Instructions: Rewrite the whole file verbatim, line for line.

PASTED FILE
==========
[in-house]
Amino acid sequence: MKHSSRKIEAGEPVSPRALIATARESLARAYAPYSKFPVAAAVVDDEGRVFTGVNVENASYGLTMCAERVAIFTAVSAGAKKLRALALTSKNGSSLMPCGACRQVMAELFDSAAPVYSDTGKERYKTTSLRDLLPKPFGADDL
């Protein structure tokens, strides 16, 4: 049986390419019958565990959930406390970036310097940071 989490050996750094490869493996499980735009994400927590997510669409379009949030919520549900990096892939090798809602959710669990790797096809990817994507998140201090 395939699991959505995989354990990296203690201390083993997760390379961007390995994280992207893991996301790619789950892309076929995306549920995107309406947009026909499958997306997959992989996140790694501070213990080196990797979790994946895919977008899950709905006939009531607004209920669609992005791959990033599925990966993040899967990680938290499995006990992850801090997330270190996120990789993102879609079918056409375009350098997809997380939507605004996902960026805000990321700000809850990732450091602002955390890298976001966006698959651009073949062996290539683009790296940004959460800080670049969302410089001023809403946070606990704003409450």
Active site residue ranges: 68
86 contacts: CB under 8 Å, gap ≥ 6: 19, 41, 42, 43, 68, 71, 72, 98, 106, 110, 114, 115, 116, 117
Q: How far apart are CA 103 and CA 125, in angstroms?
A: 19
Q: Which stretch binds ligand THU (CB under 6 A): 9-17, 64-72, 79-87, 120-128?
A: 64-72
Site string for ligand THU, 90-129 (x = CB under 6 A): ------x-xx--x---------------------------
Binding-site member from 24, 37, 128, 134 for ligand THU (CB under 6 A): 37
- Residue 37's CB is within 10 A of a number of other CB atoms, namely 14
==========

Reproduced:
[in-house]
Amino acid sequence: MKHSSRKIEAGEPVSPRALIATARESLARAYAPYSKFPVAAAVVDDEGRVFTGVNVENASYGLTMCAERVAIFTAVSAGAKKLRALALTSKNGSSLMPCGACRQVMAELFDSAAPVYSDTGKERYKTTSLRDLLPKPFGADDL
């Protein structure tokens, strides 16, 4: 049986390419019958565990959930406390970036310097940071 989490050996750094490869493996499980735009994400927590997510669409379009949030919520549900990096892939090798809602959710669990790797096809990817994507998140201090 395939699991959505995989354990990296203690201390083993997760390379961007390995994280992207893991996301790619789950892309076929995306549920995107309406947009026909499958997306997959992989996140790694501070213990080196990797979790994946895919977008899950709905006939009531607004209920669609992005791959990033599925990966993040899967990680938290499995006990992850801090997330270190996120990789993102879609079918056409375009350098997809997380939507605004996902960026805000990321700000809850990732450091602002955390890298976001966006698959651009073949062996290539683009790296940004959460800080670049969302410089001023809403946070606990704003409450």
Active site residue ranges: 68
86 contacts: CB under 8 Å, gap ≥ 6: 19, 41, 42, 43, 68, 71, 72, 98, 106, 110, 114, 115, 116, 117
Q: How far apart are CA 103 and CA 125, in angstroms?
A: 19
Q: Which stretch binds ligand THU (CB under 6 A): 9-17, 64-72, 79-87, 120-128?
A: 64-72
Site string for ligand THU, 90-129 (x = CB under 6 A): ------x-xx--x---------------------------
Binding-site member from 24, 37, 128, 134 for ligand THU (CB under 6 A): 37
- Residue 37's CB is within 10 A of a number of other CB atoms, namely 14